That’s a very critical issue, and it will have to resolved well before Olmert forms his government, because as you know the situation in the territories, and particularly in Gaza, is very critical, and unless some money is made available to the Palestinian Authority very quickly there is the possibility of real hunger and the total collapse of the Palestinian institutions. The World Bank and the United Nations have both warned that the situation is very much on the cusp of a complete collapse.

Do you think he’ll keep his current foreign minister?

Yes, Tzipi Livni. He made a very explicit commitment that she will keep that job.

One report said that Peretz was asking for senior seats like the defense ministry. Is that possible?

Well, yes. Peretz wants at least three senior ministries. Whether he will get them is a different story. The Labor party is asking for finance, which is one of the premium positions. They’re also asking for defense and for education. The Labor party has already publicly committed itself to giving the education ministry to Yuli Tamir.

With the surprise showing for the Russian party, Yisrael Beitenu (which means, “Israel is our home”), headed by [Avigdor] Lieberman, which won 12 seats, will it be invited into the government?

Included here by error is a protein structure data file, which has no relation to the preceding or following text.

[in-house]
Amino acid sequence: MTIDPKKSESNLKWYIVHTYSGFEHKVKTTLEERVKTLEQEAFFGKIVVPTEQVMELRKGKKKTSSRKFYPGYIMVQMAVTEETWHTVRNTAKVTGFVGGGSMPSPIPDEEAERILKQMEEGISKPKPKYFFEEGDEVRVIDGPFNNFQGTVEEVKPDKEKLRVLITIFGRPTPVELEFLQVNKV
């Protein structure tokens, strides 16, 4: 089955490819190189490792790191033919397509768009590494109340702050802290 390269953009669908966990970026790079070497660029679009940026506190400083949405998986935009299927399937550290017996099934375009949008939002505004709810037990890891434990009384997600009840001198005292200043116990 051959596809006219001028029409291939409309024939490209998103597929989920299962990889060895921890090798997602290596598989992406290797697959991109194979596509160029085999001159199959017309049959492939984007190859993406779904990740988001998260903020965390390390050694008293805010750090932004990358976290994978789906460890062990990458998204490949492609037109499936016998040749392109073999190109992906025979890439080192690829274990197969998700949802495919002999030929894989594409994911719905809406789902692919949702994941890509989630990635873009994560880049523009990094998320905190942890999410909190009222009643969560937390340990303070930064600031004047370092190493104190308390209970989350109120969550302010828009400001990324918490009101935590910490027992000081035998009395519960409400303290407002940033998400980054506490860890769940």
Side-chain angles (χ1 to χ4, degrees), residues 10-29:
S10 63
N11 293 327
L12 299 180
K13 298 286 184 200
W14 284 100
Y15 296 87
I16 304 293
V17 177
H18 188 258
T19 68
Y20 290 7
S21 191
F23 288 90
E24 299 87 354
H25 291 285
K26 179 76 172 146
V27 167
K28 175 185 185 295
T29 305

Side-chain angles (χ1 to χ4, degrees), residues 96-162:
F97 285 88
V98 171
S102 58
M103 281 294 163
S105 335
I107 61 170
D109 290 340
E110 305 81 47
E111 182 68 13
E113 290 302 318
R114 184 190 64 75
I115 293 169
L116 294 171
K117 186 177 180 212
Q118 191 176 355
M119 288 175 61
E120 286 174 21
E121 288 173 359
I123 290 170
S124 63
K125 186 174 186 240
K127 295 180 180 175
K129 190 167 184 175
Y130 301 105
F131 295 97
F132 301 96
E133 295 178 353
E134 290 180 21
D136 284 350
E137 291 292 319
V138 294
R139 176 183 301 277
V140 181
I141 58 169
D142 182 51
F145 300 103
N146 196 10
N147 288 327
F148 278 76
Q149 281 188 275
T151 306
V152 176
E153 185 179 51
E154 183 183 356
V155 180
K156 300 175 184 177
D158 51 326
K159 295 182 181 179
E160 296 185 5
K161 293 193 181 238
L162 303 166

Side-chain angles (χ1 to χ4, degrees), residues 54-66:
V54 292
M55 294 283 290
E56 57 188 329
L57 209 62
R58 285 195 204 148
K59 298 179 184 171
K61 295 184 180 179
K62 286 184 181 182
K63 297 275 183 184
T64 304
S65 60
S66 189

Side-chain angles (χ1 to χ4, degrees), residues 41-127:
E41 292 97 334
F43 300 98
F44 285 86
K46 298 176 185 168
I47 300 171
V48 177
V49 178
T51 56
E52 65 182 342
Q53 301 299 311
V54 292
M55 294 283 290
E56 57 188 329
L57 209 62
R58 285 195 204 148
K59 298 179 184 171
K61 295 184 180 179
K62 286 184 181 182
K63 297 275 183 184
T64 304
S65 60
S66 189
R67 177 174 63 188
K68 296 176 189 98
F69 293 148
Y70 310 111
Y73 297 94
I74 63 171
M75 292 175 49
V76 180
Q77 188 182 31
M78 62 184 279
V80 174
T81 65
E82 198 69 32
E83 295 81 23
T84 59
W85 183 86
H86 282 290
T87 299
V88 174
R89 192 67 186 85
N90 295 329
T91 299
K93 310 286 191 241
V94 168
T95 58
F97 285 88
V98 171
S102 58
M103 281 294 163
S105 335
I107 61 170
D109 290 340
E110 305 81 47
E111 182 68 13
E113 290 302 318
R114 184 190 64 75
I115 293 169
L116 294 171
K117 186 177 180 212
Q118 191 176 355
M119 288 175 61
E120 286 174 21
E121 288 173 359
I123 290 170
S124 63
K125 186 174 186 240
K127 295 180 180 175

Avigdor Liebermanis a fascist. He is [French far-right leader] Jean-Marie le Pen’s counterpart. In most countries when somebody like that does well at the elections and enters government he’s quarantined by the rest of democratic society in that country and in the region. Nevertheless, it has been suggested that Olmert may bring him into his government.

For what reason? Why would he do that?

The guy is an out-and-out racist. He has said over the years that he has no use for democracy and Israel should have a strongman, that sort of thing. If Olmert were to invite Lieberman into the government, it would be because he wants some added weight on his political right. He doesn’t want to be seen as a captive of the left. And if he can get this right-wing extremist to cut a deal with him that would allow Olmert to implement further withdrawals from the West Bank, it would give Olmert a certain protection against other right-wingers.

Did the election really destroy Likud?

This election does indicate a significant change in Israel’s political dynamics. It marks the defeat of the right, particularly of the Likud, which is in shambles for the first time since the mid-1970s. Likud is really completely sidelined, and the whole idea of the “land of Israel” has pretty much been defeated. It’s no longer an option that is considered seriously in Israel’s political life. The other interesting thing is that when Hamas was first elected there was this total panic that seized everyone. There was the impression that Hamas’ ascendancy spelled the end of diplomacy. And it was fully expected that their coming to power would strengthen the right in the Israeli elections. It was like a major suicide bombing. In the past, the impact of those terrorist acts on Israeli elections was always very decisive. But Hamas’ ascendancy, which was greeted with such panic, seemed to have had virtually no effect on the Israeli elections, which is, to me, one of the most interesting observations to be made about this election.